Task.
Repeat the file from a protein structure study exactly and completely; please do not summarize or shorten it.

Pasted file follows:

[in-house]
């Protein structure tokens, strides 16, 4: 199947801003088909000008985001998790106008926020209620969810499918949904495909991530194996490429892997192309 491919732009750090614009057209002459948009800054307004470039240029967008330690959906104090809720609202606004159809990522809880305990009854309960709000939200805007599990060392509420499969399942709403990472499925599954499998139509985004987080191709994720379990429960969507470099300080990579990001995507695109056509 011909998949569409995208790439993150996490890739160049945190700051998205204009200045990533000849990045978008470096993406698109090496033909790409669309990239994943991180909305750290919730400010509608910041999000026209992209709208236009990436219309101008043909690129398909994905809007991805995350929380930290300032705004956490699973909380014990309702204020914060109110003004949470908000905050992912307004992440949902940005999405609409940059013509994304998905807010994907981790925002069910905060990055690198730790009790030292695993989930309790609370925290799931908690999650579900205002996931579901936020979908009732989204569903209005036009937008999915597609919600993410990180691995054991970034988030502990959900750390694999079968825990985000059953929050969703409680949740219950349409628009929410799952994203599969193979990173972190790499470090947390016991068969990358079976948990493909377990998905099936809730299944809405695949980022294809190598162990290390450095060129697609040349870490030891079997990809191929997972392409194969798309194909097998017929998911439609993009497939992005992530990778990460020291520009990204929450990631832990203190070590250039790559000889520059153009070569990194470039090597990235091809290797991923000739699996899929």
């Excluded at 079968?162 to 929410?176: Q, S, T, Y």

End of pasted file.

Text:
[in-house]
């Protein structure tokens, strides 16, 4: 199947801003088909000008985001998790106008926020209620969810499918949904495909991530194996490429892997192309 491919732009750090614009057209002459948009800054307004470039240029967008330690959906104090809720609202606004159809990522809880305990009854309960709000939200805007599990060392509420499969399942709403990472499925599954499998139509985004987080191709994720379990429960969507470099300080990579990001995507695109056509 011909998949569409995208790439993150996490890739160049945190700051998205204009200045990533000849990045978008470096993406698109090496033909790409669309990239994943991180909305750290919730400010509608910041999000026209992209709208236009990436219309101008043909690129398909994905809007991805995350929380930290300032705004956490699973909380014990309702204020914060109110003004949470908000905050992912307004992440949902940005999405609409940059013509994304998905807010994907981790925002069910905060990055690198730790009790030292695993989930309790609370925290799931908690999650579900205002996931579901936020979908009732989204569903209005036009937008999915597609919600993410990180691995054991970034988030502990959900750390694999079968825990985000059953929050969703409680949740219950349409628009929410799952994203599969193979990173972190790499470090947390016991068969990358079976948990493909377990998905099936809730299944809405695949980022294809190598162990290390450095060129697609040349870490030891079997990809191929997972392409194969798309194909097998017929998911439609993009497939992005992530990778990460020291520009990204929450990631832990203190070590250039790559000889520059153009070569990194470039090597990235091809290797991923000739699996899929």
């Excluded at 079968?162 to 929410?176: Q, S, T, Y």